Ronald B Mitchell is Professor of Political Science at the University of Oregon and a core faculty member of the program in Environmental Studies. He received his Ph.D. in Public Policy from Harvard University in 1992. His 1994 book, Intentional Oil Pollution at Sea: Environmental Policy and Treaty Compliance, won the Harold and Margaret Sprout ISA Award for the best book published on environmental issues in 1995. He has published over thirty journal articles and book chapters in leading outlets, including International Organization, Journal of Theoretical Politics, and Global Environmental Politics. He is the recipient of numerous grants and awards from the National Science Foundation, the International Studies Association, and the University of Oregon. His areas of expertise include global environmental politics, international organizations, and international relations.

Sara McLaughlin Mitchell

Sara McLaughlin Mitchell is Associate Professor of Political Science and Director of Graduate Studies at the University of Iowa. She is Co-Director of the Issue Correlates of War Project and a member of the Correlates of War Advisory Board. She received her Ph.D. in Political Science from Michigan State University in 1997. She has published a dozen journal articles in leading outlets including the American Journal of Political Science, the Journal of Politics, International Studies Quarterly, Political Geography, and the Journal of Conflict Resolution. She is the recipient of two major research awards from the National Science Foundation, as well as numerous research grants from the University of Iowa and Florida State University. Her areas of expertise include international conflict, democratic peace, international organizations, conflict management, and the International Court of Justice.

Stephen C. Nemeth

Stephen C. Nemeth is a doctoral student in Political Science at the University of Iowa. His research interests include environmental resources, interstate conflict, military alliances, and terrorism.

Emilia Justyna Powell

Emilia Justyna Powell is Assistant Professor of Political Science at Georgia Southern University. She received her Ph.D. in Political Science at Florida State University in 2006. She received her Masters degree in law in 2001 at the University of Nicholas Copernicus in Poland. She has a forthcoming paper in the Journal of Politics. Her areas of expertise include international law, international conflict, human rights, conflict resolution, and European integration.

Brandon C. Prins

Brandon C. Prins is Assistant Professor of Political Science and the Director of Graduate Studies at Texas Tech University. He received his Ph.D. in Political Science at Michigan State University in 1999 and held a faculty position at the University of New Orleans. He has published 23 articles and book chapters in distinguished outlets including Journal of Conflict Resolution, British Journal of Political Science, International Studies Quarterly, Legislative Studies Quarterly, and Journal of Peace Research. He is the recipient of numerous research grants from the University of New Orleans and Texas Tech University. His areas of expertise include international politics, conflict, U.S. foreign policy, political methodology, and military strategy.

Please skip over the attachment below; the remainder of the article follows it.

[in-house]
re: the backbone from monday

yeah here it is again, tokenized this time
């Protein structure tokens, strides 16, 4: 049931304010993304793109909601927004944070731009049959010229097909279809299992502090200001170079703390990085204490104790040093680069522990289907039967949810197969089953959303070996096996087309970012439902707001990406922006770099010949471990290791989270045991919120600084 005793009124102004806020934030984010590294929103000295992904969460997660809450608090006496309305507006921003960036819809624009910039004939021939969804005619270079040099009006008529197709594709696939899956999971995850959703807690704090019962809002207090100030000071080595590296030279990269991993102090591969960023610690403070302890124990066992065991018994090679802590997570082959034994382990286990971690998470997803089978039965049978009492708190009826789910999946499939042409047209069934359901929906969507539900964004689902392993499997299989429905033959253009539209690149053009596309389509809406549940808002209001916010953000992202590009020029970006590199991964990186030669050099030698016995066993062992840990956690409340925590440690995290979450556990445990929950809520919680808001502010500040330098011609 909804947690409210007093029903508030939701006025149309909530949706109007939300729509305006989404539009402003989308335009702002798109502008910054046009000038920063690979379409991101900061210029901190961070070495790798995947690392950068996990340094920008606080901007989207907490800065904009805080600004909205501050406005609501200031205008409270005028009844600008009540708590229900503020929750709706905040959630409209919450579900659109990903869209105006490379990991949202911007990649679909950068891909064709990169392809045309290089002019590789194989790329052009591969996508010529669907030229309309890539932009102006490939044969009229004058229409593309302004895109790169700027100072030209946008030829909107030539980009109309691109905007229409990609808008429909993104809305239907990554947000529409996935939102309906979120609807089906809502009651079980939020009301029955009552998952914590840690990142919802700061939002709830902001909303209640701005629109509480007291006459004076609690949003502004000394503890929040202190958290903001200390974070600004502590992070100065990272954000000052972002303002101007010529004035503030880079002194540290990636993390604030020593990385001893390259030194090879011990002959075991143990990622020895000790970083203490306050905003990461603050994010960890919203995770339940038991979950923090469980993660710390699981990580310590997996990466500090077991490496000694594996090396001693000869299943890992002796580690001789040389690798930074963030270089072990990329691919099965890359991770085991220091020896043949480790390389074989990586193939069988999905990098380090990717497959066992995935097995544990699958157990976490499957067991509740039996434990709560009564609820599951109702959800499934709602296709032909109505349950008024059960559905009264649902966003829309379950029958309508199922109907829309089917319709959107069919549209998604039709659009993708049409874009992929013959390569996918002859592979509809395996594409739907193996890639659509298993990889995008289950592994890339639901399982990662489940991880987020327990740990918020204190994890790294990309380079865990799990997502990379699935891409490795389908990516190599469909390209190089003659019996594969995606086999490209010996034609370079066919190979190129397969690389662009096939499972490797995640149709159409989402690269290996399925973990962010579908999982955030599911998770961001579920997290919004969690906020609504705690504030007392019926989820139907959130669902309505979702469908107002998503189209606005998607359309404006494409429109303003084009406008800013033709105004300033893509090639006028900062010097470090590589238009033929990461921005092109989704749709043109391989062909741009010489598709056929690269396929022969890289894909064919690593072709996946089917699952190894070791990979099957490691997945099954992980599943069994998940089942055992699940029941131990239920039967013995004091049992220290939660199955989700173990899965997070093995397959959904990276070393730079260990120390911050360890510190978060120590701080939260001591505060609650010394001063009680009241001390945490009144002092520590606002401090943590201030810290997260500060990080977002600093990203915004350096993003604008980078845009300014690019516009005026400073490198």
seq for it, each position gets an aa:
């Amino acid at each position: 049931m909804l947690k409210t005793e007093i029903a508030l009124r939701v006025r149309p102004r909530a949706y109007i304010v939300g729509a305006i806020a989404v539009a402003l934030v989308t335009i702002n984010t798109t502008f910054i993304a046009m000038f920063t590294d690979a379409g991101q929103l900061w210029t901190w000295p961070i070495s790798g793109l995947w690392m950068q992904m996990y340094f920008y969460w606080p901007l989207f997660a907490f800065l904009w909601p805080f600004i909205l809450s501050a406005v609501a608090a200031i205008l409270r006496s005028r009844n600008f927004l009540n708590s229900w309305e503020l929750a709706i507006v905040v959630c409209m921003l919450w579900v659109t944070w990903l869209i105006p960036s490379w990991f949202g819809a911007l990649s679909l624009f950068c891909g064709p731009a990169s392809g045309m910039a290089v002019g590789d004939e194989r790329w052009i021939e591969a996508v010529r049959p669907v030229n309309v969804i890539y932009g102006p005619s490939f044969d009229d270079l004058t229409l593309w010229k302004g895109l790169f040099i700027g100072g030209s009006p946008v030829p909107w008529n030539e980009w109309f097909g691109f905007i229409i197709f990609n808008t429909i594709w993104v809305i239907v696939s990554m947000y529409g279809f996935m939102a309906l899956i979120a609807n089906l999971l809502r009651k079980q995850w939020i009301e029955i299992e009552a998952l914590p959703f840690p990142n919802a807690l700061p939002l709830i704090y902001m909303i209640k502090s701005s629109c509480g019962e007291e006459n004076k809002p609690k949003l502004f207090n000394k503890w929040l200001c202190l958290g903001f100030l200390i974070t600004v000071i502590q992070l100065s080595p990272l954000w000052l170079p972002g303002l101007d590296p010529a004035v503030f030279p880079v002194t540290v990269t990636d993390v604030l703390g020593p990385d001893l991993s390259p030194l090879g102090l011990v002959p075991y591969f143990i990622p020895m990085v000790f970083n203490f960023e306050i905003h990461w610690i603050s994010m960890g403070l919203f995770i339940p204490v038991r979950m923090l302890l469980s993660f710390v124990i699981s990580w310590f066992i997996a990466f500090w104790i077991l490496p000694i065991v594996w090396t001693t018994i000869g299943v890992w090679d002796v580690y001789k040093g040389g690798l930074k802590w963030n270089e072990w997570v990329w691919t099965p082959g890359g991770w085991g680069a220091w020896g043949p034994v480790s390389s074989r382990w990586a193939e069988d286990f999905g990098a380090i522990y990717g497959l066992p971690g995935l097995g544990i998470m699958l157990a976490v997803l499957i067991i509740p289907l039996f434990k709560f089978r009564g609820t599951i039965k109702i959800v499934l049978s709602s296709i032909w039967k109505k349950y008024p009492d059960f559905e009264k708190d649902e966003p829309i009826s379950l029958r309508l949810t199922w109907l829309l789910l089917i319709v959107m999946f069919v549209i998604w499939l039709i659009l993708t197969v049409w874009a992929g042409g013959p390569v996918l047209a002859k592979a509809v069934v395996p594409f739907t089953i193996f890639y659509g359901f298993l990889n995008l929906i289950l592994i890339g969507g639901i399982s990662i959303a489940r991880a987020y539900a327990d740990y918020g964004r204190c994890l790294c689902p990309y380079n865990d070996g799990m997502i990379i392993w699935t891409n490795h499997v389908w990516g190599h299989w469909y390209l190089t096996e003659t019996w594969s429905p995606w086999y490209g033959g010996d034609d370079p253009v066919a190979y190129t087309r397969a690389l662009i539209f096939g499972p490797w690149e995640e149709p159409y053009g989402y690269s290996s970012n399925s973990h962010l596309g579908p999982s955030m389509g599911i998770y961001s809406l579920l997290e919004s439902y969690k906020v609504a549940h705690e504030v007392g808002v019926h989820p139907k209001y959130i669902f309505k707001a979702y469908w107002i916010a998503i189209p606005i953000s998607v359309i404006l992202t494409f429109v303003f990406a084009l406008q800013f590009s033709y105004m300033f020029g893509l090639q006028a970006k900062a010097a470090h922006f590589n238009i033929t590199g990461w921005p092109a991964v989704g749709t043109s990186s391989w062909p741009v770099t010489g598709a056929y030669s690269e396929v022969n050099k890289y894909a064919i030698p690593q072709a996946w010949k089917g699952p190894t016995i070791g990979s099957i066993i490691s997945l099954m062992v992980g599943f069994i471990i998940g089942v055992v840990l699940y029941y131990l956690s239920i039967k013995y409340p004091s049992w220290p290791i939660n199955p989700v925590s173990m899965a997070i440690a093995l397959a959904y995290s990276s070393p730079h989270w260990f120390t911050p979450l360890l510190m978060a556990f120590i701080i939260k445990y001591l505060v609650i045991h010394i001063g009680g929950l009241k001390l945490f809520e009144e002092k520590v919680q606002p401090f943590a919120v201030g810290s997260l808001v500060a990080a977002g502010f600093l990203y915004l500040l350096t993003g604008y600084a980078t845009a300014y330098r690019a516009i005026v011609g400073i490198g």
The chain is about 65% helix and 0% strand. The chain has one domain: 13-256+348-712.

Steven B. Rothman

Steven B. Rothman is a doctoral student in Political Science at the University of Oregon. He serves as the research project manager for the International Environment Agreement Project. His research interests include international environmental politics, interstate cooperation, human rights, security studies, and political methodology.

Nicole Simonelli

Nicole Simonelli is a Visiting Assistant Professor in Political Science at Duke University. She received her Ph.D. in Political Science at New York University in 2006. She is the recipient of the Henry M. MacCraken Fellowship at NYU and a National Science Foundation dissertation research grant. Her areas of expertise include multilateral treaty negotiations, international organizations, international political economy, and international law.

Jana Von Stein

Jana Von Stein is Assistant Professor of Political Science and Faculty Associate at the Center for Political Studies at the University of Michigan. She received her Ph.D. in Political Science at the University of California, Los Angeles in 2006. She recently published a paper in the American Political Science Review. Her areas of expertise include international cooperation, international law, human rights, and international organizations.

Doug Stinnett

Doug Stinnett is Assistant Professor of International Affairs at the University of Georgia. He received his Ph.D. in Political Science at the University of Illinois at Urbana-Champaign in 2005. His areas of expertise include international cooperation theory, international institutions, and international economic relations. His current research focuses on the design of regional trade agreements.

Jeffrey Stout

Jeffrey Stout is a doctoral student in Political Science at the University of Iowa. His research interests include foreign and defense policy, military alliances, and asymmetric warfare.

Tatiana V. Vashchilko

Tatiana V. Vashchilko has a master's degree in Economics and is currently a doctoral student in Political Science at the Pennsylvania State University. She is a 2006-2007 year fellow of QuaSSI (Quantitative Social Science Initiative) in the Political Science Department (PSU). She serves as a research assistant for the Regional Economic Institutions as Security Institutions project. Her research interests include institutional design, foreign direct investments (FDI), IPE, and formal modeling.

Schedule